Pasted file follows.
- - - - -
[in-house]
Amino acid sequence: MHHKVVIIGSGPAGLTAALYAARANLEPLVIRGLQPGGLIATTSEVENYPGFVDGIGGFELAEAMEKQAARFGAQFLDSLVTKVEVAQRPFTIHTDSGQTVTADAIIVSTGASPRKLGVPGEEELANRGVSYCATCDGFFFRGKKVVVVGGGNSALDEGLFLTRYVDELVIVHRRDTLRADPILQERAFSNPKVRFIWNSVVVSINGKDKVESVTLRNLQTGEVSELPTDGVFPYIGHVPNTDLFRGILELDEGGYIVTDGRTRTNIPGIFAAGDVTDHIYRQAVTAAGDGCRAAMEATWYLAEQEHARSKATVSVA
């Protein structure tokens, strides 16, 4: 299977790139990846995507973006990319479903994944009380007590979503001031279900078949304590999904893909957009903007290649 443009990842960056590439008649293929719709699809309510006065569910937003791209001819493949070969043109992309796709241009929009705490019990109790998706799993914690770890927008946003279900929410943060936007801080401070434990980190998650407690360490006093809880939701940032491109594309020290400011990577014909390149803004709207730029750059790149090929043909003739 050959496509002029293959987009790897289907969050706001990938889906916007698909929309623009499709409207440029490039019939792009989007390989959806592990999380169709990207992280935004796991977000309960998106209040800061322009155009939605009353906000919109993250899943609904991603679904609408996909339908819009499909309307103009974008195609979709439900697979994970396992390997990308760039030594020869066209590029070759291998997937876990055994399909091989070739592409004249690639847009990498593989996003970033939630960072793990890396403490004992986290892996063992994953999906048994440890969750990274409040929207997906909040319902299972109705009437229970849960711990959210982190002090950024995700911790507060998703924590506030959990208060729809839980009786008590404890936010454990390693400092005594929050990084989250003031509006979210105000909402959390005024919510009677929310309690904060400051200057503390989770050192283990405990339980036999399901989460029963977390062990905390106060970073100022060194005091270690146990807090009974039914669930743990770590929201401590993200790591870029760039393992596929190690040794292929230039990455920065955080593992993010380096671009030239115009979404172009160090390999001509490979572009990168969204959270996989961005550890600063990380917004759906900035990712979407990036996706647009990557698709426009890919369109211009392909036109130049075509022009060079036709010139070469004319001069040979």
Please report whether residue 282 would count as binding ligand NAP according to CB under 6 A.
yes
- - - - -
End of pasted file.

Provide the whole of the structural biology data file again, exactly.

[in-house]
Amino acid sequence: MHHKVVIIGSGPAGLTAALYAARANLEPLVIRGLQPGGLIATTSEVENYPGFVDGIGGFELAEAMEKQAARFGAQFLDSLVTKVEVAQRPFTIHTDSGQTVTADAIIVSTGASPRKLGVPGEEELANRGVSYCATCDGFFFRGKKVVVVGGGNSALDEGLFLTRYVDELVIVHRRDTLRADPILQERAFSNPKVRFIWNSVVVSINGKDKVESVTLRNLQTGEVSELPTDGVFPYIGHVPNTDLFRGILELDEGGYIVTDGRTRTNIPGIFAAGDVTDHIYRQAVTAAGDGCRAAMEATWYLAEQEHARSKATVSVA
């Protein structure tokens, strides 16, 4: 299977790139990846995507973006990319479903994944009380007590979503001031279900078949304590999904893909957009903007290649 443009990842960056590439008649293929719709699809309510006065569910937003791209001819493949070969043109992309796709241009929009705490019990109790998706799993914690770890927008946003279900929410943060936007801080401070434990980190998650407690360490006093809880939701940032491109594309020290400011990577014909390149803004709207730029750059790149090929043909003739 050959496509002029293959987009790897289907969050706001990938889906916007698909929309623009499709409207440029490039019939792009989007390989959806592990999380169709990207992280935004796991977000309960998106209040800061322009155009939605009353906000919109993250899943609904991603679904609408996909339908819009499909309307103009974008195609979709439900697979994970396992390997990308760039030594020869066209590029070759291998997937876990055994399909091989070739592409004249690639847009990498593989996003970033939630960072793990890396403490004992986290892996063992994953999906048994440890969750990274409040929207997906909040319902299972109705009437229970849960711990959210982190002090950024995700911790507060998703924590506030959990208060729809839980009786008590404890936010454990390693400092005594929050990084989250003031509006979210105000909402959390005024919510009677929310309690904060400051200057503390989770050192283990405990339980036999399901989460029963977390062990905390106060970073100022060194005091270690146990807090009974039914669930743990770590929201401590993200790591870029760039393992596929190690040794292929230039990455920065955080593992993010380096671009030239115009979404172009160090390999001509490979572009990168969204959270996989961005550890600063990380917004759906900035990712979407990036996706647009990557698709426009890919369109211009392909036109130049075509022009060079036709010139070469004319001069040979």
Please report whether residue 282 would count as binding ligand NAP according to CB under 6 A.
yes